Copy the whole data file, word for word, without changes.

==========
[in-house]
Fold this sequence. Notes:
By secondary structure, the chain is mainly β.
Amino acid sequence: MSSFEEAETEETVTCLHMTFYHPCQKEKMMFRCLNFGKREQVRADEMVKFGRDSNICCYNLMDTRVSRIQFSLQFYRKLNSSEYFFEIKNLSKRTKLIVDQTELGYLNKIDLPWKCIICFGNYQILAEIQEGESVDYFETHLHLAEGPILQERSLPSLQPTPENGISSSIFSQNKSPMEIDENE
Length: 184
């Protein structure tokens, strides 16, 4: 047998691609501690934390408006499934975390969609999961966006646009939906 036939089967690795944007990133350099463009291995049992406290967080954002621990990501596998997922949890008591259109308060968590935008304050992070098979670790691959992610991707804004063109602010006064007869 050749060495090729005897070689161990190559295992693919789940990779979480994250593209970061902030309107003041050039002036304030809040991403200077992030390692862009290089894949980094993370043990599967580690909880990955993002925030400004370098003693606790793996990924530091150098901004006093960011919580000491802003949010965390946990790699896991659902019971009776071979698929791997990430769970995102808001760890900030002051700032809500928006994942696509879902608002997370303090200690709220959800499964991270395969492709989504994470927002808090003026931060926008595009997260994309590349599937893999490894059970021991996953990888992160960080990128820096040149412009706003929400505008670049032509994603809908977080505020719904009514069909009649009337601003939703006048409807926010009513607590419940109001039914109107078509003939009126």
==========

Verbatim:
[in-house]
Fold this sequence. Notes:
By secondary structure, the chain is mainly β.
Amino acid sequence: MSSFEEAETEETVTCLHMTFYHPCQKEKMMFRCLNFGKREQVRADEMVKFGRDSNICCYNLMDTRVSRIQFSLQFYRKLNSSEYFFEIKNLSKRTKLIVDQTELGYLNKIDLPWKCIICFGNYQILAEIQEGESVDYFETHLHLAEGPILQERSLPSLQPTPENGISSSIFSQNKSPMEIDENE
Length: 184
């Protein structure tokens, strides 16, 4: 047998691609501690934390408006499934975390969609999961966006646009939906 036939089967690795944007990133350099463009291995049992406290967080954002621990990501596998997922949890008591259109308060968590935008304050992070098979670790691959992610991707804004063109602010006064007869 050749060495090729005897070689161990190559295992693919789940990779979480994250593209970061902030309107003041050039002036304030809040991403200077992030390692862009290089894949980094993370043990599967580690909880990955993002925030400004370098003693606790793996990924530091150098901004006093960011919580000491802003949010965390946990790699896991659902019971009776071979698929791997990430769970995102808001760890900030002051700032809500928006994942696509879902608002997370303090200690709220959800499964991270395969492709989504994470927002808090003026931060926008595009997260994309590349599937893999490894059970021991996953990888992160960080990128820096040149412009706003929400505008670049032509994603809908977080505020719904009514069909009649009337601003939703006048409807926010009513607590419940109001039914109107078509003939009126």